When a miner solves a competition (known as solving a block), they publish the result, which includes all the most recent valid transactions they’ve collected from the network in a new block for the blockchain. This block is broadcast throughout the network, and other nodes receive it and verify:

  • The solution to the mining competition is valid (proof-of-work).

  • That all the transactions within the block are valid based on the existing blockchain.

While the number that solves a block is difficult to originally calculate, once it is known, it’s very easy for others to verify that it’s indeed a correct solution. This is the core concept behind proof-of-work: the solving of a problem whose difficulty is known, and the solution itself can be easily proved by anyone to be correct.

Mining is how Bitcoin protects its transaction history (the blockchain) from conflicting versions. Work must be performed for new blocks, and the transactions they contain, to be accepted into the blockchain by other nodes on the network. By requiring that work has been provably done, transactions are considered to be suitable for inclusion in the blockchain. This mechanism is what keeps nodes on the network in agreement about which transactions have actually occurred.

When a block is solved, all transactions included in that block are shown on the network to have 1 confirmation. Every time a new block is solved, the number of confirmations for transactions already existing in the blockchain are incremented by 1.

Occasionally, two different miners will solve a block at the same time. This can cause a fork in the blockchain: both miners broadcast their own block, and some nodes will accept one block, while other nodes accept the other block. In this scenario, the nodes on the network keep track of both versions of the blockchain. Miners continue to mine for a new block using the blockchain of their choice. Eventually, a new block is solved and added to one of these blockchains, making it longer than the other blockchain. The network and miners then abandon the shorter blockchain for the longer blockchain, and the latest transactions that were in it the shorter blockchain remain unconfirmed until added to a new block.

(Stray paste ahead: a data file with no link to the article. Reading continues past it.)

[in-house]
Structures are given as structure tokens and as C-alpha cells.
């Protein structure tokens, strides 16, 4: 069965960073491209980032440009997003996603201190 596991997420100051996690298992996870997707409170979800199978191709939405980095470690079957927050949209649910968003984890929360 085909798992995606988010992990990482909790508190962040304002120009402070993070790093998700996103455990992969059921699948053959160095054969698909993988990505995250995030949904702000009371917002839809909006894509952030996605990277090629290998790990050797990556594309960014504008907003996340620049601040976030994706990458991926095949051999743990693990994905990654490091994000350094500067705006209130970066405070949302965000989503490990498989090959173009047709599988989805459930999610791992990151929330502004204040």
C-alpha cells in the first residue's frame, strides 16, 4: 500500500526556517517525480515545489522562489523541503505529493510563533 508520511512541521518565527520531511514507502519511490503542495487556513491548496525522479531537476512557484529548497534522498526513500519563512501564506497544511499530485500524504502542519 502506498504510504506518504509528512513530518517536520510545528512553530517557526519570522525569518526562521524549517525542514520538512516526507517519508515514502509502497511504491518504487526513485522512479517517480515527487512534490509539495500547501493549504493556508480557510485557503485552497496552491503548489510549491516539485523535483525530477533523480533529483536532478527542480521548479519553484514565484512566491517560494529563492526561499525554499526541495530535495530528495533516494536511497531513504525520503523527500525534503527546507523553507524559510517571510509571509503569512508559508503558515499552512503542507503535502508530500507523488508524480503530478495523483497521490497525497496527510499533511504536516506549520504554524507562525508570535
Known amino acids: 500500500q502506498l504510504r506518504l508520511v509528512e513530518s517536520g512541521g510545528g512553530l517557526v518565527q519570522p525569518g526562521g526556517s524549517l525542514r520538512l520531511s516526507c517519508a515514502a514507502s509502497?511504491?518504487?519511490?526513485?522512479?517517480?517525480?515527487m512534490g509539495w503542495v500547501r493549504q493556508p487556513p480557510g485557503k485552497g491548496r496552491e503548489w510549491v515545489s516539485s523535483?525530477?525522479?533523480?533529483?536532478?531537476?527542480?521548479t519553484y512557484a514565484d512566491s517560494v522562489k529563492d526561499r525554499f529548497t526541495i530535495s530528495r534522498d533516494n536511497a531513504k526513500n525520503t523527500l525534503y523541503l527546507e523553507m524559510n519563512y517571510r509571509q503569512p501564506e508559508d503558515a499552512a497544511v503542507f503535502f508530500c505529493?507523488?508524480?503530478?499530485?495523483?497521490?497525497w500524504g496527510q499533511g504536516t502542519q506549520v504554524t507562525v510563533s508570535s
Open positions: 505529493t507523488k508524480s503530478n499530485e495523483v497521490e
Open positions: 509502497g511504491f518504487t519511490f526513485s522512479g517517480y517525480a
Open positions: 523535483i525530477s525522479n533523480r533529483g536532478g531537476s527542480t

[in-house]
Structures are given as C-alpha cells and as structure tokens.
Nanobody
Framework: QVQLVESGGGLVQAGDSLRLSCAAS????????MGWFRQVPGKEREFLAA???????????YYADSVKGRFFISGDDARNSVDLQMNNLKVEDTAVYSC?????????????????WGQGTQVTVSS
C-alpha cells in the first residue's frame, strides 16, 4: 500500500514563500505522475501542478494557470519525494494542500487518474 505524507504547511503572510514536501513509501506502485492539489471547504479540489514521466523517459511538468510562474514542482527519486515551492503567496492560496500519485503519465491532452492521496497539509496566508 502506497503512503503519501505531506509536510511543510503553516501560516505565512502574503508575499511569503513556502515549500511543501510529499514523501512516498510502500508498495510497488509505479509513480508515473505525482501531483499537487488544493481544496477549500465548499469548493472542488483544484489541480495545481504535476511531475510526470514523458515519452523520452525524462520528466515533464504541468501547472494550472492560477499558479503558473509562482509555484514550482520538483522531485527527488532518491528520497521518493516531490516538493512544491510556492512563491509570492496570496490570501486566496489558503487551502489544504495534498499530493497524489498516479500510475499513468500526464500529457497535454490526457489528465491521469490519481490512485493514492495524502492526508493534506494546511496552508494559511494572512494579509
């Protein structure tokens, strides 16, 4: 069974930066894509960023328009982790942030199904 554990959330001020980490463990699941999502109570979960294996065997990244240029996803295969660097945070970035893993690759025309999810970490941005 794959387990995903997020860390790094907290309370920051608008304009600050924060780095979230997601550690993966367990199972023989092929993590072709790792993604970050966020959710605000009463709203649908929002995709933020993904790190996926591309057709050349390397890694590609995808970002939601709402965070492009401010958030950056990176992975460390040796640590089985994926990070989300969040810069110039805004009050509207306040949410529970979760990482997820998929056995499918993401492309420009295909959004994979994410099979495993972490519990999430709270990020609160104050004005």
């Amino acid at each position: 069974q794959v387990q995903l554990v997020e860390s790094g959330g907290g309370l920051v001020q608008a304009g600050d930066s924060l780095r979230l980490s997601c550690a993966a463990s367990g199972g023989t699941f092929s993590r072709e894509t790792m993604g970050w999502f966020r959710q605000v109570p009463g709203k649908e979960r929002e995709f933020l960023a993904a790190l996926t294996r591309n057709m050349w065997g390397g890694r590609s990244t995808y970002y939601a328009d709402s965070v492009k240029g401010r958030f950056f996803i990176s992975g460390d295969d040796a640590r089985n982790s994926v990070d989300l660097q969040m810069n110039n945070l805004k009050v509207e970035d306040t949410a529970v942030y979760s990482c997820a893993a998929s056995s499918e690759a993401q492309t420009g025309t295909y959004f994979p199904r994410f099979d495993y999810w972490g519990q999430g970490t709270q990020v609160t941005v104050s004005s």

In this case of multiple blockchains, nodes on the Bitcoin network consider the longest blockchain to be the true and valid one. It is generally agreed upon that once a transaction is six blocks deep in the blockchain (know as reaching 6 confirmations), it is irreversibly confirmed and will permanently exist on the blockchain. It is computationally improbable that a longer blockchain could exist without including those transactions.


  • Winning a mining competition requires lots of work, but it can be verified easily by anyone else on the network (proof-of-work concept).

  • Every time a miner wins a competition, a new set of transactions (called a block) is added to the blockchain.

  • Everyone on the network can come to a consensus about which blocks should be added to the blockchain because provable hard work is required to add new blocks.

  • 6 new blocks (or confirmations) is understood to make a transaction irreversible.

References and additional reading